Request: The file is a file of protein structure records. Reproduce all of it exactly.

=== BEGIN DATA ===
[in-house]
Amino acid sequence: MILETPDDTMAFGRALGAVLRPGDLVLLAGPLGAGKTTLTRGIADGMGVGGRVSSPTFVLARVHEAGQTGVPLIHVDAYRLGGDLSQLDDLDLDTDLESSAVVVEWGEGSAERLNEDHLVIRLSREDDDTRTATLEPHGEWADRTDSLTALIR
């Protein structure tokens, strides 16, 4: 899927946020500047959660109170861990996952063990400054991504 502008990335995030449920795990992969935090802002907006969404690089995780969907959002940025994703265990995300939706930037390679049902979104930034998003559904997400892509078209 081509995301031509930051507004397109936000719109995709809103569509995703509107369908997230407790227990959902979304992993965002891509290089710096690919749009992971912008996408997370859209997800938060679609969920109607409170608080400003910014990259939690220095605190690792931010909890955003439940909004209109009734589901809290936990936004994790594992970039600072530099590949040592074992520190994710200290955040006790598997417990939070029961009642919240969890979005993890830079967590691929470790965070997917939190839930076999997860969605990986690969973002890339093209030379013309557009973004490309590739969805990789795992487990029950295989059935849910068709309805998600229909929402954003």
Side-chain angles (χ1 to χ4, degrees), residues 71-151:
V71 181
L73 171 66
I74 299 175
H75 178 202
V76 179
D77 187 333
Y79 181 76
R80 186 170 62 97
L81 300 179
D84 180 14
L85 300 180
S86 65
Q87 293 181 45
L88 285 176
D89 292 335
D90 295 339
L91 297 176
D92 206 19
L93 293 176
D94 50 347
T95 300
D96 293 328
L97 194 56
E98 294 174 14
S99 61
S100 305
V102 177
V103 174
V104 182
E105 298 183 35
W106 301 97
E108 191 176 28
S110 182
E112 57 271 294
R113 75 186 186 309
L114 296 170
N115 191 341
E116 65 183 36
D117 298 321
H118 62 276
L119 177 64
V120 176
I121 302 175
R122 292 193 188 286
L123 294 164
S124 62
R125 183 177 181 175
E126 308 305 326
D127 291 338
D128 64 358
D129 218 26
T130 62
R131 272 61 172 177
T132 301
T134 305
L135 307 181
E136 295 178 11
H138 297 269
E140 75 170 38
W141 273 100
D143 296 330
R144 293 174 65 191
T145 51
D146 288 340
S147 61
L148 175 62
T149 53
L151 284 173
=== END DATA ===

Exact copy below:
[in-house]
Amino acid sequence: MILETPDDTMAFGRALGAVLRPGDLVLLAGPLGAGKTTLTRGIADGMGVGGRVSSPTFVLARVHEAGQTGVPLIHVDAYRLGGDLSQLDDLDLDTDLESSAVVVEWGEGSAERLNEDHLVIRLSREDDDTRTATLEPHGEWADRTDSLTALIR
């Protein structure tokens, strides 16, 4: 899927946020500047959660109170861990996952063990400054991504 502008990335995030449920795990992969935090802002907006969404690089995780969907959002940025994703265990995300939706930037390679049902979104930034998003559904997400892509078209 081509995301031509930051507004397109936000719109995709809103569509995703509107369908997230407790227990959902979304992993965002891509290089710096690919749009992971912008996408997370859209997800938060679609969920109607409170608080400003910014990259939690220095605190690792931010909890955003439940909004209109009734589901809290936990936004994790594992970039600072530099590949040592074992520190994710200290955040006790598997417990939070029961009642919240969890979005993890830079967590691929470790965070997917939190839930076999997860969605990986690969973002890339093209030379013309557009973004490309590739969805990789795992487990029950295989059935849910068709309805998600229909929402954003």
Side-chain angles (χ1 to χ4, degrees), residues 71-151:
V71 181
L73 171 66
I74 299 175
H75 178 202
V76 179
D77 187 333
Y79 181 76
R80 186 170 62 97
L81 300 179
D84 180 14
L85 300 180
S86 65
Q87 293 181 45
L88 285 176
D89 292 335
D90 295 339
L91 297 176
D92 206 19
L93 293 176
D94 50 347
T95 300
D96 293 328
L97 194 56
E98 294 174 14
S99 61
S100 305
V102 177
V103 174
V104 182
E105 298 183 35
W106 301 97
E108 191 176 28
S110 182
E112 57 271 294
R113 75 186 186 309
L114 296 170
N115 191 341
E116 65 183 36
D117 298 321
H118 62 276
L119 177 64
V120 176
I121 302 175
R122 292 193 188 286
L123 294 164
S124 62
R125 183 177 181 175
E126 308 305 326
D127 291 338
D128 64 358
D129 218 26
T130 62
R131 272 61 172 177
T132 301
T134 305
L135 307 181
E136 295 178 11
H138 297 269
E140 75 170 38
W141 273 100
D143 296 330
R144 293 174 65 191
T145 51
D146 288 340
S147 61
L148 175 62
T149 53
L151 284 173